C57/BL6 and Ticam1lps2/lps2 mice were purchased from The Jackson Laboratory. RBP-Jflox/flox mice were kindly provided by Tasuku Honjo. Mice with a myeloid-specific deletion of RBP-J were generated as described previously (21). Mice with an inducible deletion of RBP-J (Rbpjflox/flox, Mx1-Cre) were generated by crossing Rbpjflox/flox animals to animals with an Mx1 driven Cre transgene on the C57/BL6 background (Jackson). Littermates with Rbpjflox/flox or Rbpjflox/flox , Cre/Cre genotypes were intraperitonially (IP) injected with PolyI:C (200 µg/mouse) three times in five days to induce deletion and mice were used for experiments two weeks later. MyD88−/− and IRF3−/− mice on C57/BL6 background were generously provided by Eric G. Pamer and Erik Falck-Pedersen, respectively, and Notch1tm1Grid/Notch1+ mice were kindly provided by Thomas Gridley.

mRNA isolation and real time PCR

RNA was extracted from whole cell lysates with an RNeasy Mini kit (Qiagen) and 0.5 µg of total RNA was reverse transcribed with a First Strand cDNA synthesis kit (Fermentas). Quantitative real time PCR (qRT-PCR) was performed in triplicate wells with an iCycler IQ thermal cycler and detection system (Biorad) using gene-specific primers. Threshold cycle numbers were normalized to triplicate samples amplified with primers specific for of glyceraldehyde-3-phosphate dehydrogenase (GAPDH).

Immunoblot analysis

Whole cell lysates were prepared by direct lysis in SDS loading buffer. For immunoblot analysis, lysates were separated by 7.5% SDS-PAGE and transferred to a PVDF membrane for probing with antibody. Polyclonal antibodies against Jagged1 (C20), p38 and Shp2 antibodies were from Santa Cruz Biotechnology. IKKβ and Stat3 antibodies were from Cell Signaling.

Flow cytometry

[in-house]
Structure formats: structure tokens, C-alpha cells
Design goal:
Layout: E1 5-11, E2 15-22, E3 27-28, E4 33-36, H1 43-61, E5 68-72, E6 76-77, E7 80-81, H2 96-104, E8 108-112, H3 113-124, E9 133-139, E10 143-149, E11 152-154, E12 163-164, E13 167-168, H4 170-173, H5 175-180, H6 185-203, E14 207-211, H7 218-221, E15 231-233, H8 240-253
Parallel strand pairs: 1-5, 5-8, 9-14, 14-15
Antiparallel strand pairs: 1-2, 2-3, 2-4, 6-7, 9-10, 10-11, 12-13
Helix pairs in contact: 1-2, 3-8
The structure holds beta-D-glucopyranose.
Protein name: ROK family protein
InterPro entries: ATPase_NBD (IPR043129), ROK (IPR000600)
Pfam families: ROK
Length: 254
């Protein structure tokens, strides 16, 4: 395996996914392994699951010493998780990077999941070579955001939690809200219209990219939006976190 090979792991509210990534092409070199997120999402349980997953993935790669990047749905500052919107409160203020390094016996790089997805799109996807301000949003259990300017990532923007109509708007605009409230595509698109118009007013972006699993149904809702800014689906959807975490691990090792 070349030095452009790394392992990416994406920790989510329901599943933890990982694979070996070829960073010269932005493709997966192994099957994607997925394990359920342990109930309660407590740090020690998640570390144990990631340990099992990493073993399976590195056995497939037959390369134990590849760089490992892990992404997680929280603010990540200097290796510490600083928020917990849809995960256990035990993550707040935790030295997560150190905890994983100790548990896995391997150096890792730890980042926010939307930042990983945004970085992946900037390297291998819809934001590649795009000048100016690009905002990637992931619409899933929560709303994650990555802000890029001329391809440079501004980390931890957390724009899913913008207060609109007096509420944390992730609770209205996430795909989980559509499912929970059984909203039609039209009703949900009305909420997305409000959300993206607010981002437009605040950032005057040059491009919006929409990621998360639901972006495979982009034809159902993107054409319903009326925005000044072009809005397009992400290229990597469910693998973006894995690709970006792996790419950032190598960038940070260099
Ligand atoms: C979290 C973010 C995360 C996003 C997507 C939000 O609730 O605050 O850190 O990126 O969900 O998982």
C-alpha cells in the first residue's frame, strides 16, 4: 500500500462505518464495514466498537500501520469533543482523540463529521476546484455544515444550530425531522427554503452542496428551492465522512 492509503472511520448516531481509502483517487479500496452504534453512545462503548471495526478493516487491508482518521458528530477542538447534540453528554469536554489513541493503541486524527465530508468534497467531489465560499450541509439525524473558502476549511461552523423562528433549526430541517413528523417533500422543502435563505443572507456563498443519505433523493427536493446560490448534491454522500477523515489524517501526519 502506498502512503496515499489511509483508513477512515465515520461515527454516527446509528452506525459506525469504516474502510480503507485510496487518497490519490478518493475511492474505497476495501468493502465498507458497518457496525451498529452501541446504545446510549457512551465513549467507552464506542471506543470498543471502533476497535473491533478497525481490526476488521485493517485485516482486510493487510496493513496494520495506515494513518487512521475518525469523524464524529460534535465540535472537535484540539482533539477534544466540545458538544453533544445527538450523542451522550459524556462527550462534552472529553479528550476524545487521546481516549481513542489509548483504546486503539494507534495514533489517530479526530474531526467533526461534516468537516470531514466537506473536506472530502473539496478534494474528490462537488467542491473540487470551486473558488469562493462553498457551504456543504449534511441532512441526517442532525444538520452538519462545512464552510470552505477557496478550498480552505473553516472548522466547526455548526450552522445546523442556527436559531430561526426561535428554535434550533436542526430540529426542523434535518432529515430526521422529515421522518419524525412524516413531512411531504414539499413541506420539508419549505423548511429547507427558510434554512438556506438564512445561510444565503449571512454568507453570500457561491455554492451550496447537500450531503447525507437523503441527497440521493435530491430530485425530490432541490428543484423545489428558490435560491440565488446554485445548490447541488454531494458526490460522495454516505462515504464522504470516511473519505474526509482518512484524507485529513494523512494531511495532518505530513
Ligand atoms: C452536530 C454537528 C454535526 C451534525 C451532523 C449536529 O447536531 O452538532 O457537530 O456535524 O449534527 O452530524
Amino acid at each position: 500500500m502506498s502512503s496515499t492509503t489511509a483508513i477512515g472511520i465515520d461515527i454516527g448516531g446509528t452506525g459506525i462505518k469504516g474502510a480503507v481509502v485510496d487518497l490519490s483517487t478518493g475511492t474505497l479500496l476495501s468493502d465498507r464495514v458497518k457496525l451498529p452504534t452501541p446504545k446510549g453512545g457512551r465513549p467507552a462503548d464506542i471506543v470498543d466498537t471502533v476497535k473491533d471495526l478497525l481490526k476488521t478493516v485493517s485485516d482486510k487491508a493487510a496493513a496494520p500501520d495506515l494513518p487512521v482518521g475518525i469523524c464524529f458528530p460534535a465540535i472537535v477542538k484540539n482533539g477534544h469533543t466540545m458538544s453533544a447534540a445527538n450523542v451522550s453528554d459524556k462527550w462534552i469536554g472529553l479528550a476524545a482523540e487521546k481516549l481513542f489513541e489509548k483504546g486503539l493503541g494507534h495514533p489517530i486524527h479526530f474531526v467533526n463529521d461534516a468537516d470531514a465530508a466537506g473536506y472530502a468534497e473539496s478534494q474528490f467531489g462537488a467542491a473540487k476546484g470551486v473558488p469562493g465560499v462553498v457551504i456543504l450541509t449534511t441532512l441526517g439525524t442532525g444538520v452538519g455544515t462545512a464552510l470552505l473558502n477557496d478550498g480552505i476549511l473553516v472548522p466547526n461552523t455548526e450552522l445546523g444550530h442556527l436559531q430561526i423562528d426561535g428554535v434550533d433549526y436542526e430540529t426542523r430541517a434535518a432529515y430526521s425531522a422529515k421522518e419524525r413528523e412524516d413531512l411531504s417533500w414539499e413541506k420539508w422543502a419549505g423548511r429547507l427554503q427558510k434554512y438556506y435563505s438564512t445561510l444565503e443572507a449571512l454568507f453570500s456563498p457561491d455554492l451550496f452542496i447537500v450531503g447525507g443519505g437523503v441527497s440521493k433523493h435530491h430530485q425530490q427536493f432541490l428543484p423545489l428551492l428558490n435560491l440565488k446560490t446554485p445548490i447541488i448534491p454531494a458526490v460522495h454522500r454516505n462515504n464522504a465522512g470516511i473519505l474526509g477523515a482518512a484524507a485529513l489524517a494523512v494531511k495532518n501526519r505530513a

Following stimulation, macrophages were harvested and stained with antibodies specific to the extracellular portion of Jagged1 (R&D Systems) or an isotype control specific for mouse IgG1 (BD), followed by a PE-conjugated secondary antibody specific for mouse IgG (Biosource). Cells were washed three times and analyzed on a FACScan flow cytometer (BD). Mean fluorescence intensities of individual cells was determined using Cell Quest software (BD).

Adenoviral transduction

Differentiated human macrophages were infected with an adenovirus encoding a phosphorylation-resistant super repressor of I-kBα (Ad-I-κB-SR) or control adenovirus encoding green fluorescent protein (Ad-GFP). Transduction efficiency was monitored by the fluorescence of GFP by microscopy.

RNA interference

Prevalidated IKKβ-, RBPJ- , Notch1-, and Notch2-specific short interfering RNAs (siRNAs) and non-targeting control siRNAs were purchased from Dharmacon. siRNAs were transfected into primary human macrophages with the Amaxa Nucleofector device set to program Y-001 and using the Human Monocyte Nucleofector kit. Mouse BMDMs were transfected using the TransIT TKO transfection reagent (Mirus Bio) according to the manufacturer’s instructions.

Transient transfection and luciferase assay